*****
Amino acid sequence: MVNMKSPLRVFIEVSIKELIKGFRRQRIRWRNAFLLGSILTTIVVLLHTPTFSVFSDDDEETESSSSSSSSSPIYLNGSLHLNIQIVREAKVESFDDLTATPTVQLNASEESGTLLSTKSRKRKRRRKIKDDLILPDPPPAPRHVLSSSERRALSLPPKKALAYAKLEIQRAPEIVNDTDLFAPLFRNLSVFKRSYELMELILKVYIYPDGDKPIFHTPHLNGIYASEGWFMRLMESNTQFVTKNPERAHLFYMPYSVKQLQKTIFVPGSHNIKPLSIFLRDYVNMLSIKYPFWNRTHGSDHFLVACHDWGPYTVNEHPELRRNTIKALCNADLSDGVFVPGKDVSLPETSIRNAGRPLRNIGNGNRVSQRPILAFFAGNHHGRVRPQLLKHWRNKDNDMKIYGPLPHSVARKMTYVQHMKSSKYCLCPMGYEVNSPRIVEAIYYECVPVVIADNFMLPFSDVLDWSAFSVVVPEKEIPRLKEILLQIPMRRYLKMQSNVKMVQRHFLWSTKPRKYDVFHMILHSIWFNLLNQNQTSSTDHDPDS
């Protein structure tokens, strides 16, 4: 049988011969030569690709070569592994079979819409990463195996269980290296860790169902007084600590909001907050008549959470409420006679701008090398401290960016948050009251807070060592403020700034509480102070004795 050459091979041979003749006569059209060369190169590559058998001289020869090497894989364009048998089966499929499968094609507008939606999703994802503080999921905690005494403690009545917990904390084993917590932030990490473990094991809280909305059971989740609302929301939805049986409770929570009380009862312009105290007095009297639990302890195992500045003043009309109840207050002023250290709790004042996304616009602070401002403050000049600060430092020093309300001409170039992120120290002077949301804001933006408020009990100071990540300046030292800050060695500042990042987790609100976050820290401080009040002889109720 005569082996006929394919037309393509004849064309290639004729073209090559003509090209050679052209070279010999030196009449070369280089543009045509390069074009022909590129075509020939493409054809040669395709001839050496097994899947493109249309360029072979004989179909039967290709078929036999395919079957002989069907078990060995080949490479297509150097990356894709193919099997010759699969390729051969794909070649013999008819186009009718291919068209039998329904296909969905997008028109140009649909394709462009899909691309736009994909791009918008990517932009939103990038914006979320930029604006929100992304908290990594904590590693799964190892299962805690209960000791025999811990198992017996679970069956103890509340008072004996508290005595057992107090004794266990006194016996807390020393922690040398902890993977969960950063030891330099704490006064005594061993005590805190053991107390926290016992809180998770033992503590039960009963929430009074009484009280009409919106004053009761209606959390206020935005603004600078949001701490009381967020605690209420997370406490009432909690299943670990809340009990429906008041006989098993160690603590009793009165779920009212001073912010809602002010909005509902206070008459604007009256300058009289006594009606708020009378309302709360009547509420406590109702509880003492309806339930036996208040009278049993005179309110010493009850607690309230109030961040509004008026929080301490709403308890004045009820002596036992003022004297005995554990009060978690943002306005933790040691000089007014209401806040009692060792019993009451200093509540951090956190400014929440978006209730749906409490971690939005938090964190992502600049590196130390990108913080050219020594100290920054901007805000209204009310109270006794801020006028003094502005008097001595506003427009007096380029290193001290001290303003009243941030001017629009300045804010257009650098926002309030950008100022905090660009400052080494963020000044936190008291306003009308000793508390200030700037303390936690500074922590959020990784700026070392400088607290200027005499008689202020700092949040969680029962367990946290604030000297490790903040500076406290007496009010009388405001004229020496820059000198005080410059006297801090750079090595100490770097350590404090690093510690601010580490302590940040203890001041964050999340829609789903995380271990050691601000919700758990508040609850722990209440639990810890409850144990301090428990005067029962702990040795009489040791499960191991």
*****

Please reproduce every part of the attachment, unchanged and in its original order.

Amino acid sequence: MVNMKSPLRVFIEVSIKELIKGFRRQRIRWRNAFLLGSILTTIVVLLHTPTFSVFSDDDEETESSSSSSSSSPIYLNGSLHLNIQIVREAKVESFDDLTATPTVQLNASEESGTLLSTKSRKRKRRRKIKDDLILPDPPPAPRHVLSSSERRALSLPPKKALAYAKLEIQRAPEIVNDTDLFAPLFRNLSVFKRSYELMELILKVYIYPDGDKPIFHTPHLNGIYASEGWFMRLMESNTQFVTKNPERAHLFYMPYSVKQLQKTIFVPGSHNIKPLSIFLRDYVNMLSIKYPFWNRTHGSDHFLVACHDWGPYTVNEHPELRRNTIKALCNADLSDGVFVPGKDVSLPETSIRNAGRPLRNIGNGNRVSQRPILAFFAGNHHGRVRPQLLKHWRNKDNDMKIYGPLPHSVARKMTYVQHMKSSKYCLCPMGYEVNSPRIVEAIYYECVPVVIADNFMLPFSDVLDWSAFSVVVPEKEIPRLKEILLQIPMRRYLKMQSNVKMVQRHFLWSTKPRKYDVFHMILHSIWFNLLNQNQTSSTDHDPDS
């Protein structure tokens, strides 16, 4: 049988011969030569690709070569592994079979819409990463195996269980290296860790169902007084600590909001907050008549959470409420006679701008090398401290960016948050009251807070060592403020700034509480102070004795 050459091979041979003749006569059209060369190169590559058998001289020869090497894989364009048998089966499929499968094609507008939606999703994802503080999921905690005494403690009545917990904390084993917590932030990490473990094991809280909305059971989740609302929301939805049986409770929570009380009862312009105290007095009297639990302890195992500045003043009309109840207050002023250290709790004042996304616009602070401002403050000049600060430092020093309300001409170039992120120290002077949301804001933006408020009990100071990540300046030292800050060695500042990042987790609100976050820290401080009040002889109720 005569082996006929394919037309393509004849064309290639004729073209090559003509090209050679052209070279010999030196009449070369280089543009045509390069074009022909590129075509020939493409054809040669395709001839050496097994899947493109249309360029072979004989179909039967290709078929036999395919079957002989069907078990060995080949490479297509150097990356894709193919099997010759699969390729051969794909070649013999008819186009009718291919068209039998329904296909969905997008028109140009649909394709462009899909691309736009994909791009918008990517932009939103990038914006979320930029604006929100992304908290990594904590590693799964190892299962805690209960000791025999811990198992017996679970069956103890509340008072004996508290005595057992107090004794266990006194016996807390020393922690040398902890993977969960950063030891330099704490006064005594061993005590805190053991107390926290016992809180998770033992503590039960009963929430009074009484009280009409919106004053009761209606959390206020935005603004600078949001701490009381967020605690209420997370406490009432909690299943670990809340009990429906008041006989098993160690603590009793009165779920009212001073912010809602002010909005509902206070008459604007009256300058009289006594009606708020009378309302709360009547509420406590109702509880003492309806339930036996208040009278049993005179309110010493009850607690309230109030961040509004008026929080301490709403308890004045009820002596036992003022004297005995554990009060978690943002306005933790040691000089007014209401806040009692060792019993009451200093509540951090956190400014929440978006209730749906409490971690939005938090964190992502600049590196130390990108913080050219020594100290920054901007805000209204009310109270006794801020006028003094502005008097001595506003427009007096380029290193001290001290303003009243941030001017629009300045804010257009650098926002309030950008100022905090660009400052080494963020000044936190008291306003009308000793508390200030700037303390936690500074922590959020990784700026070392400088607290200027005499008689202020700092949040969680029962367990946290604030000297490790903040500076406290007496009010009388405001004229020496820059000198005080410059006297801090750079090595100490770097350590404090690093510690601010580490302590940040203890001041964050999340829609789903995380271990050691601000919700758990508040609850722990209440639990810890409850144990301090428990005067029962702990040795009489040791499960191991």